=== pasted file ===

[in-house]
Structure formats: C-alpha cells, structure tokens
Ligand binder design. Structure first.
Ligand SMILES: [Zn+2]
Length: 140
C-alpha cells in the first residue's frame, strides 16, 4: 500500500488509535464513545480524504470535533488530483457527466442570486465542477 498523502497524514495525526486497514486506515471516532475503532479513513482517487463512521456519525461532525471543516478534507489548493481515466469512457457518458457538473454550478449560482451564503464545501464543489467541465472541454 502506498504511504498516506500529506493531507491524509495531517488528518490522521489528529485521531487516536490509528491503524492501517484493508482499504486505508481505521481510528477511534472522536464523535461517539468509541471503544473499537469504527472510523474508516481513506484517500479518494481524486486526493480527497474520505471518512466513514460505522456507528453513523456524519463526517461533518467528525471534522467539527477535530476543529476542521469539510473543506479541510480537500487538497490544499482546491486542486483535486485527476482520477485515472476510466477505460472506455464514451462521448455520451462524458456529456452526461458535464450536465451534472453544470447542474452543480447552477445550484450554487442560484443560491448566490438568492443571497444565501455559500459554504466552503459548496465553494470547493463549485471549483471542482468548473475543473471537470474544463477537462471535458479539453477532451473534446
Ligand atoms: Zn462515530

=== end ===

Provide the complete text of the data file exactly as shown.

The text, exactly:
[in-house]
Structure formats: C-alpha cells, structure tokens
Ligand binder design. Structure first.
Ligand SMILES: [Zn+2]
Length: 140
C-alpha cells in the first residue's frame, strides 16, 4: 500500500488509535464513545480524504470535533488530483457527466442570486465542477 498523502497524514495525526486497514486506515471516532475503532479513513482517487463512521456519525461532525471543516478534507489548493481515466469512457457518458457538473454550478449560482451564503464545501464543489467541465472541454 502506498504511504498516506500529506493531507491524509495531517488528518490522521489528529485521531487516536490509528491503524492501517484493508482499504486505508481505521481510528477511534472522536464523535461517539468509541471503544473499537469504527472510523474508516481513506484517500479518494481524486486526493480527497474520505471518512466513514460505522456507528453513523456524519463526517461533518467528525471534522467539527477535530476543529476542521469539510473543506479541510480537500487538497490544499482546491486542486483535486485527476482520477485515472476510466477505460472506455464514451462521448455520451462524458456529456452526461458535464450536465451534472453544470447542474452543480447552477445550484450554487442560484443560491448566490438568492443571497444565501455559500459554504466552503459548496465553494470547493463549485471549483471542482468548473475543473471537470474544463477537462471535458479539453477532451473534446
Ligand atoms: Zn462515530